By Jim Schutze
By Rachel Watts
By Lauren Drewes Daniels
By Anna Merlan
By Lee Escobedo
On October 15, the Chicago Bulls were in Paris, preparing to play against the world's finest basketball teams in the McDonald's Championship. They were strolling down the Champs Elysees, tasting wine on the Seine, being feted as royalty--yes, even former Maverick Bill Wennington, yet one more painful reminder of better times.
Meanwhile, the other teams in the NBA were slogging their way through training camps and meaningless exhibition games. The Bulls can't be bothered with such things. On October 15, Michael Jordan and the boys were in Paris to conquer the world.
And, on October 15, the Dallas Mavericks were in Rapid City, South Dakota, losing to the Vancouver Grizzlies--and losing guard Erick Strickland, a player heralded by Don Nelson as one of this team's leaders, to an injured right ankle for at least four weeks. About 3,175 people turned out to watch the meaningless affair, one the Mavs were out of long before halftime.
Sometimes, you have to wonder just what in the hell Jim Cleamons was thinking when he agreed to coach the Dallas Mavericks.
Wait...sometimes? Make that every second of every day.
Had he held out another year, had he stayed with the Chicago Bulls for the 1996-'97 season, Cleamons might have gotten a better offer from a better team. He might have ended up with a contender instead of a bottom feeder. One thing is for sure: Had he remained with the Bulls last season, he would have added yet another NBA championship ring to his collection.
But instead, as the Bulls were marching toward mythdom, Cleamons found himself watching the playoffs at home, thinking to himself, "Thank God, the season from hell is over." He, too, had set an NBA record--by using 27 different players throughout the course of the season. It's a record Cleamons would rather not own. It's one that says: We threw everything against the wall, and nothing stuck. It's a record of a team that installed a revolving door leading to the basement.
"It's certainly not an easy situation, but the fact remains, if it was easy, then Dallas would have been a winner long before now," Cleamons says. "What I have to do is think positive about my hopes and my dreams about the future. I'm workin' on my third team in a year, and what I'm hopin' is one of these days I will have the nucleus of our team, and then we can establish some continuity and some consistency."
When it was announced in the spring of 1996 that the Dallas Mavericks were hiring an assistant coach from the Bulls as their new head coach, Mavericks fans were elated. Though no one had ever heard the name Jim Cleamons, he came to town carrying baggage that had Michael Jordan and Scottie Pippen and Phil Jackson written all over it. He had been one of coach Phil Jackson's assistants in Chicago from 1989 until 1996, when the Bulls captured four NBA titles and became one of the greatest dynasties in all of modern sports.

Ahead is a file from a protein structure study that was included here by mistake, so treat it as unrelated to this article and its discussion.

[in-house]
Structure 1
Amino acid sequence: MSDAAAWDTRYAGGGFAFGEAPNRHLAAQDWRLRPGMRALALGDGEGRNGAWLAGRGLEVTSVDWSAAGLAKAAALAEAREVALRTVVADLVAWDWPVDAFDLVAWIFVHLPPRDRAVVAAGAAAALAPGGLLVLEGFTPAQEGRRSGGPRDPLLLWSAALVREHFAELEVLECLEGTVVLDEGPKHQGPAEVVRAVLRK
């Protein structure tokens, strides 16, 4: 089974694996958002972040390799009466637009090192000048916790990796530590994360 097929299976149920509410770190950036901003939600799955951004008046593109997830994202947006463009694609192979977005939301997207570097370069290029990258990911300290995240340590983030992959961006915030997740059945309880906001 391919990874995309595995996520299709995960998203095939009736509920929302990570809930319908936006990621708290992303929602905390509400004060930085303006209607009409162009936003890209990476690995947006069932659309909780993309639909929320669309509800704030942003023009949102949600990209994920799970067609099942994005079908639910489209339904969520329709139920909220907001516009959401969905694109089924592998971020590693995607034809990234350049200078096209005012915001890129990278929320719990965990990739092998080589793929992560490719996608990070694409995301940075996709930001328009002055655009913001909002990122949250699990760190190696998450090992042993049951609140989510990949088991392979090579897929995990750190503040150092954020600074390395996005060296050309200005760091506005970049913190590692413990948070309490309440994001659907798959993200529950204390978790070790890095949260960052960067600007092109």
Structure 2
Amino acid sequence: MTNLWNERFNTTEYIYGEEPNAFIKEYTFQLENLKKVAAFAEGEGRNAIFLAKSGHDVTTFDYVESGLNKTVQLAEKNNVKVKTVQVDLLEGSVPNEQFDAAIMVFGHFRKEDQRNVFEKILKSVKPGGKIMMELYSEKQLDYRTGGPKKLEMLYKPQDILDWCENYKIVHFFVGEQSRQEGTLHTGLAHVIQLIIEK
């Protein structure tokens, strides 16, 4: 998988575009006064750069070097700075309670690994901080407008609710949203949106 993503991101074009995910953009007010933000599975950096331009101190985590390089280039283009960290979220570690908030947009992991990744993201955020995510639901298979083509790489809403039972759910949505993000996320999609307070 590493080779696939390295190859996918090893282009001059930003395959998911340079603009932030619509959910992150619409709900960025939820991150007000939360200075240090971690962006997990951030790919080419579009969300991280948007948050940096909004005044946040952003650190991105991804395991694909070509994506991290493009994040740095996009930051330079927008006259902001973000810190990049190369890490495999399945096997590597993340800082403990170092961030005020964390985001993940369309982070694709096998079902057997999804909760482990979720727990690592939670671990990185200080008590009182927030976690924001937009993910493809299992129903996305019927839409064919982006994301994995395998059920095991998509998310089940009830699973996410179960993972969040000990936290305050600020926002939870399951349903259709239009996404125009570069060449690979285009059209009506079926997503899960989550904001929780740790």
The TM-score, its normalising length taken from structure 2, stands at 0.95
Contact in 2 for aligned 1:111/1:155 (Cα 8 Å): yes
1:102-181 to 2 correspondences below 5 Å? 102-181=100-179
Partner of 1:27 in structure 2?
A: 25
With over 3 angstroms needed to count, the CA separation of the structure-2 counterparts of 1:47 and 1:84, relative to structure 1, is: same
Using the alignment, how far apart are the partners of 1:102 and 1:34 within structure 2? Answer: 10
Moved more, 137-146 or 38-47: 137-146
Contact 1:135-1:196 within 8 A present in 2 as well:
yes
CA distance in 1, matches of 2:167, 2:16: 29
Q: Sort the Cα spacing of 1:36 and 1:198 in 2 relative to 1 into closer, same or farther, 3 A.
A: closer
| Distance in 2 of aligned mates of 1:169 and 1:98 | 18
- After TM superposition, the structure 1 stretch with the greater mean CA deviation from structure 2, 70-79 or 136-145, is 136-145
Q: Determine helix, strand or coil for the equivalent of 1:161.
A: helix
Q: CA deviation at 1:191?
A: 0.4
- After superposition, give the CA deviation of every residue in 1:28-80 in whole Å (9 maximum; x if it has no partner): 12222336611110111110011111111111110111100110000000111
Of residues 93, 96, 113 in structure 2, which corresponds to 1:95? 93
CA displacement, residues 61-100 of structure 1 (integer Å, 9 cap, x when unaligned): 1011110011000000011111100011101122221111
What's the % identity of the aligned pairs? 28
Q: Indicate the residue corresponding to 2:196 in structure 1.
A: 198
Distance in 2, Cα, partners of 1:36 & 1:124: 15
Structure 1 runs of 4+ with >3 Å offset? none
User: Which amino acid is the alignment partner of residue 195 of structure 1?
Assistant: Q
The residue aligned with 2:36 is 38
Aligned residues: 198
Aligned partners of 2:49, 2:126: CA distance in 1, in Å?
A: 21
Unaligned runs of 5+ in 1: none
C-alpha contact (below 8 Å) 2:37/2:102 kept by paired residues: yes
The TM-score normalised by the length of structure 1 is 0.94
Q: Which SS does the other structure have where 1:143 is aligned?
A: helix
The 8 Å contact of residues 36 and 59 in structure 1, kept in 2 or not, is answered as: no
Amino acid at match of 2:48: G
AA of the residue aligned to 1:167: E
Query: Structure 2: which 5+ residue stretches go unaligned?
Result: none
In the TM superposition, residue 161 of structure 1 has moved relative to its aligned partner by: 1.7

Cleamons, now 48, knew all about championships: He also won one with the Los Angeles Lakers during his rookie season, in 1971-'72, from the bench. He also knew a whole lot about losing: When he was the head coach at Youngstown State from 1987-'89, his team posted a record of 12 wins and 43 losses. During his playing days in the NBA, Cleamons also didn't make much of a mark on the league; he was one of those guys who bounced around with L.A., Cleveland, New York, and Washington. In 1980, he was even drafted by the brand-new Dallas Mavericks--though he never signed with the team. In the end, Cleamons' playing days amounted to little more than a footnote.
You could say the same for his coaching days: With inexplicably high expectations placed upon him last year, the Mavericks finished with a whopping 58 losses. But perhaps it was inevitable: Just months after leaving the world-champion Bulls, Cleamons' Mavericks fell apart, literally.
In December, two months before Nelson was hired, Jason Kidd (along with Loren Meyer and Tony Dumas) was traded to Phoenix for the aging A.C. Green, Michael Finley, Sam Cassell, and a second-round draft pick. Cassell would be gone two months later.
Then, when Nelson came, Jamal Mashburn and Jim Jackson were packaged up and sent to faraway places in blockbuster trades that brought Shawn Bradley--long considered the league's biggest underachiever--and more anonymous potential to town. Never for a second did it seem this team would ever again see postseason from anywhere other than in front of a television. The Mavs had become an embarrassment, a joke, perennial losers who could only sell season tickets if they were for seats at Texas Stadium.
Don Nelson was supposed to change all that in the off-season. He was supposed to bring some NBA legitimacy to a team that might have made the playoffs in the CBA. He was supposed to give the Mavs the push in the right direction, toward the championships Nelson himself had so often enjoyed as head coach and GM. And so he ripped apart the fabric of the Dallas Mavericks and went about rebuilding this team--yet again--with Aussie player Chris Anstey and draft choices like Bubba Smith, who's no choice at all. If the Mavs win 30 games this year, it'll be a miracle...no, an accident.